Q: I have worked closely with a colleague for more than six years. Each time I thought I knew her, she changed personalities. She started out as kind and helpful, always willing to recommend me to the boss and bring me in on her projects. She was working at a higher level than I was, so I greatly appreciated the recommendations because I was always learning new things. I pushed myself to perform at a higher level than many of my co-workers. I worked hard and long hours because I never wanted to disappoint anyone on the team. Word spread, and more of her colleagues asked for me to be on their projects. I continued to advance in my level of work, and I became known as someone who could learn anything — someone to be counted on no matter what the work involved. I put work first and let nothing interfere.
The woman who championed me turned from nice to controlling and authoritative. Her advice turned from helpful insider hints to arrogant put-downs, as if she had to assert herself so I would know she was higher up in the hierarchy than I was. I ignored her attitude change; I was still appreciative for having always been recommended. I'm the kind of person who never forgets anyone who helps me along the way. But after a few more years, she changed again, only this time she turned into a negative, arrogant control freak — one I could not tolerate.
I always was a high achiever, and it seemed like my ability angered her. I never responded or retaliated, but I distanced myself once I saw this personality change. I joined teams that were not hers so as to keep my distance and protect myself from her nasty behavior. I am uncomfortable having an adversary at work, but I won't subject myself to her nastiness. How do I end this war she has created? I don't like drama and negativity, but ignoring her has made me feel very uncomfortable and awkward.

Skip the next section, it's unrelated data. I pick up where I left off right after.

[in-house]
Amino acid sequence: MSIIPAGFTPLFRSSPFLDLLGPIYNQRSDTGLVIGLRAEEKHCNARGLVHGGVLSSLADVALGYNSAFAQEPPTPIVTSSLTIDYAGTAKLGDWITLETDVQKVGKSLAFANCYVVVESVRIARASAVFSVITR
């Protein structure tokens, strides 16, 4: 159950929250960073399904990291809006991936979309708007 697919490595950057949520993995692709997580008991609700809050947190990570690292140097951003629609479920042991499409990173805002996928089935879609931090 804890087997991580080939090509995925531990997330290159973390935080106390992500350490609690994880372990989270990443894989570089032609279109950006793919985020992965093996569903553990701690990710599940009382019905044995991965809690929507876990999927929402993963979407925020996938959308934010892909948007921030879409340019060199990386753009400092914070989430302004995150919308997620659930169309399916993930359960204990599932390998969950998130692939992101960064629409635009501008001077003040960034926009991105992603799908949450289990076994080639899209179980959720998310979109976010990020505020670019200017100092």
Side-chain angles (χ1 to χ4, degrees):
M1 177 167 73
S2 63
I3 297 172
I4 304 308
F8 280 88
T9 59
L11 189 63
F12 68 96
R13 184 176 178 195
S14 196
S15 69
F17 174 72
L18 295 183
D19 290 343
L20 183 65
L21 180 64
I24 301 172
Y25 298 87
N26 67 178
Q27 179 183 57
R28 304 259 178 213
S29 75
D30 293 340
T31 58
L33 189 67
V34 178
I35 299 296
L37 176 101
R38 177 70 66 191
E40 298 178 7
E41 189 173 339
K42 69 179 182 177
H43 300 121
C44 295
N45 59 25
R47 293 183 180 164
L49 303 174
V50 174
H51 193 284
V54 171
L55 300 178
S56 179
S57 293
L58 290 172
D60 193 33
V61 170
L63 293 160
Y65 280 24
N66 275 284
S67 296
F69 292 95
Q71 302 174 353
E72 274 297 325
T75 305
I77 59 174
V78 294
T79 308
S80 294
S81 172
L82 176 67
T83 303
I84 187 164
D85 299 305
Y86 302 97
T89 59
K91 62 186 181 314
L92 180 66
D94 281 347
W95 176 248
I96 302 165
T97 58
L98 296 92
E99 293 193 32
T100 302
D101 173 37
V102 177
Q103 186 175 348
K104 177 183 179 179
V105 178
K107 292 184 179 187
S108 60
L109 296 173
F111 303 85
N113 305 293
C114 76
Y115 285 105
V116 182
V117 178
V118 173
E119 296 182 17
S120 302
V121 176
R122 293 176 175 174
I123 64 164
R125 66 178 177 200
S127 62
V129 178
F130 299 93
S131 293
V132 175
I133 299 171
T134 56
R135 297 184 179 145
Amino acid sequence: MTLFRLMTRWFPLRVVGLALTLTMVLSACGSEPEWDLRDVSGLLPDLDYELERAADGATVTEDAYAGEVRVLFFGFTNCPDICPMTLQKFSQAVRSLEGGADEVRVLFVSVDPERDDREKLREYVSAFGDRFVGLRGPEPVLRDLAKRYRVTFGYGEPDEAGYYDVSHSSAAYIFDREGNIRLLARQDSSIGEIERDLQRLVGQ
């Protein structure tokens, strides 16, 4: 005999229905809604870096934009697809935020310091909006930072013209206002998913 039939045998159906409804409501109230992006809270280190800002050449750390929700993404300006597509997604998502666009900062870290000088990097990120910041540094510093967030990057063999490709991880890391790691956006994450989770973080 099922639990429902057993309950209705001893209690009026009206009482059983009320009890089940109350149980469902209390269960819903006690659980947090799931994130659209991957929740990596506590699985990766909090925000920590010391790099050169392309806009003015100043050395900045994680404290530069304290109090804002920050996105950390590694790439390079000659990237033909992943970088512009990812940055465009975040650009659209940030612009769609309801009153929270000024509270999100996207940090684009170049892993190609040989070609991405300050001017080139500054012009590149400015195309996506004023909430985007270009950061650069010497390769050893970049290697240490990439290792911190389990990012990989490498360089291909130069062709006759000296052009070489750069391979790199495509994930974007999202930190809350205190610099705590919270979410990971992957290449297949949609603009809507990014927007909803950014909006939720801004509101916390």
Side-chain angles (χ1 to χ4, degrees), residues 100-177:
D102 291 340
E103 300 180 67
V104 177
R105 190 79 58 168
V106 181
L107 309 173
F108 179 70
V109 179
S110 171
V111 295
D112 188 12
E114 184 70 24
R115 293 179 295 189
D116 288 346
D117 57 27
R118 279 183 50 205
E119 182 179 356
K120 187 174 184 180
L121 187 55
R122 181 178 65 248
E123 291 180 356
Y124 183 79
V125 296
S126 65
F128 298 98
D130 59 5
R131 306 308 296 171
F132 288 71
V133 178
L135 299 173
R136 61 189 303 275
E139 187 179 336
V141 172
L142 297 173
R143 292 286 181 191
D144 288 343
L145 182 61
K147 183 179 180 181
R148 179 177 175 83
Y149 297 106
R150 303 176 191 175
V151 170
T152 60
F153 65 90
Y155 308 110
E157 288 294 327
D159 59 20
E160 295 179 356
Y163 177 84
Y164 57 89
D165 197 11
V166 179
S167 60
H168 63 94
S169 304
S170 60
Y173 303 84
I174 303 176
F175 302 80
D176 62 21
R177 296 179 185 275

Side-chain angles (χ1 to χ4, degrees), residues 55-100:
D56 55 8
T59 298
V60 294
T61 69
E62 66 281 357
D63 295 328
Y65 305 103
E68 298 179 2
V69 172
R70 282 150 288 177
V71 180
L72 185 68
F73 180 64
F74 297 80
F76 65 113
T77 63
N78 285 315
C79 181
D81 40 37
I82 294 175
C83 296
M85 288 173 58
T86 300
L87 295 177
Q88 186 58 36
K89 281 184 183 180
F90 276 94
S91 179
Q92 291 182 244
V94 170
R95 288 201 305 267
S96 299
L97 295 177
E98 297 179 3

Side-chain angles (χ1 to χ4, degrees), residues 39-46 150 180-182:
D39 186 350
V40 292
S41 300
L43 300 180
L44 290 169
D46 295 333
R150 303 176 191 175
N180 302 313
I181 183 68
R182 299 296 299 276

A: Jealousy is an ugly character trait, but it sounds like it's one she was not aware she had. Your high performance level may have shocked her, and though she clearly wanted to help you in the beginning, she did not want your success and respect at work to surpass hers.
Invite her to a fun and casual lunch under the guise of not getting a chance to talk much at work. Don't announce you have something you'd like to talk about: Such a warning will signal something is up or could possibly be stressful enough that she will not accept.
Make this a friendly, social lunch where you express your appreciation for all she has done. Many reasons could stir jealous feelings. She may feel you never thanked her for the many projects she invited you to join; she may feel that although she is a higher rank than you, you may be more likable than she is; she may also have heard many positive comments about you from her colleagues and inwardly feels less valuable than you.
Snarky behavior doesn't appear for no reason. Her exterior may seem poised and confident, but your success may have broken down her false sense of security. Maintain your calm and casual attitude throughout your conversation. It may disarm her to see that you want to be friendly, so reaching out to her socially may be all she needed. She may open up and admit she hasn't been as friendly as she would like, so let her talk and release all that's going through her mind.
Hopefully the damage can be undone, and you both can experience the once-pleasant work relationship. A warm, friendly conversation can soothe a myriad of problems and misunderstandings, so look forward to resuming your previous work relationship with her based on respect. Some people need more reassurance than others, but in the end, everyone just wants to be accepted.
Email your workplace issues and experiences to [email protected] For more information about career and life coach Lindsey Novak, visit www.lindseyparkernovak.com, and for past columns, see www.creators.com/read/at-work-lindsey-novak.